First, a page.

Since the third quarter of 2020 the gaming sector “outperformed” other recreational activities with regards to spending
By Buck Wargo – SiGMA US correspondent
A significant spending gap was registered between casinos and other recreational activities, giving rise of a strong post-Covid recovery in the gaming industry.
According to Deutsche Bank casino industry analyst Carlo Santarelli, since the third quarter of 2020 the gaming sector, which includes casinos, horse racing and lotteries, have “outperformed” other recreational activities with regards to spending.
That data comes from the Bureau of Economic Analysis.
Santarelli said that, so far 2021 has showed an accelerated performance, and April marked the widest gap between gaming and recreational spending during the COVID-19 pandemic since casinos reopened in 2020.
“We noted that gaming was undoubtedly a COVID winner, relative to other areas of recreational spend, although not necessarily an outright winner given the damage caused to balance sheets (of casinos) during the closures,” Santarelli said.
Casinos have benefited considerably from the disruptions in other industries.
Between 2016 and 2019, total domestic gaming spending across casinos, lotteries, and horse racing accounted for 25.3 per cent of total recreational spend a year.
In 2020, gaming ticked up to 25.9 per cent while it was “clearly hampered” by the casino closures in the second quarter of 2020 that distorted the annual data.
However, during the third quarter of 2020, spending on gambling represented 28.7 per cent of recreational spending while combined spending on amusement parks, concerts, movie theaters and spectator sports fell to 8.6 per cent in the third quarter of 2020, signifying an extra $3.2 billion pumped into gaming, Santarelli said.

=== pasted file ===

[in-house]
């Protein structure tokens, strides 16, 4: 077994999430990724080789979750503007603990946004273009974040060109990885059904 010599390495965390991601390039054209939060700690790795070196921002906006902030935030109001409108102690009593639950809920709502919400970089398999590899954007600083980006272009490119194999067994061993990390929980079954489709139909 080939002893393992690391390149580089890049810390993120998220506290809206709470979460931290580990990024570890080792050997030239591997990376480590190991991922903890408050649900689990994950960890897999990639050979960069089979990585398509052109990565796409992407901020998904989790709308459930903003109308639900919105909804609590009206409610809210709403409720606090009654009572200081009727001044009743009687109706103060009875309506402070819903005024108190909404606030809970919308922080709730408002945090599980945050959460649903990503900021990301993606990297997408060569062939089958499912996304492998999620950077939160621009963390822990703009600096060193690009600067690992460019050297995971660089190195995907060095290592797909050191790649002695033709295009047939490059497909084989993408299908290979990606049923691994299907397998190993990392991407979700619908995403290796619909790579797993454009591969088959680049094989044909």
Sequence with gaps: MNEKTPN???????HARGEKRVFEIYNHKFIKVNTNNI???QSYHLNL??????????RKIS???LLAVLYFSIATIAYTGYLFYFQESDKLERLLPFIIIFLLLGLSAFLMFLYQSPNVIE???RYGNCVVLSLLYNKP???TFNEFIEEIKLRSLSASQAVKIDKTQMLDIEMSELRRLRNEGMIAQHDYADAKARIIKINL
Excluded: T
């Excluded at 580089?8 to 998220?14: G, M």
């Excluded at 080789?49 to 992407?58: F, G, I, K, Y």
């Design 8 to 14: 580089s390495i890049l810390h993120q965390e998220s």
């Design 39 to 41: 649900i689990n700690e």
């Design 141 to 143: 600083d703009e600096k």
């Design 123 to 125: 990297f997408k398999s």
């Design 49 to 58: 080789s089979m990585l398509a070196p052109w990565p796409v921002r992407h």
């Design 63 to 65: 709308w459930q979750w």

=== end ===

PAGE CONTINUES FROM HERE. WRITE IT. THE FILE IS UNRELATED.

The positive trend continued during the fourth quarter of 2020 with a gaming spending of $29 billion, or up to 28.8 per cent, while other recreational spending was 9.2 per cent, down from the 26.2 per cent in the fourth quarter of 2019.
When 2021 ushered in, it showed a different picture that better reflects where money flowed during the COVID-19 pandemic.
According to Santarelli, that’s where “the real boost” occurred.
Gaming spending climbed to 30.6 percent of recreational spending, pumping $5.8 billion in revenue into the gaming segment from other recreational areas.
“We believe this data is very telling and clearly shows how casinos and other forms of gaming benefited from consumer liquidity and closures in adjacent industries.
The trend was accelerated in April and May with $12.3 billion was spent in the gaming US economy.
Santarelli said that history shows that when money is injected into the economy, gaming revenue increases.
Whether that trend continues will be determined this summer and the rest of 2021.
Major League Baseball, the NBA and NHL are allowing packed stadiums while concerts with tens of thousands of people are resuming this summer.
Movie theaters are opening fully and so are amusement parks.
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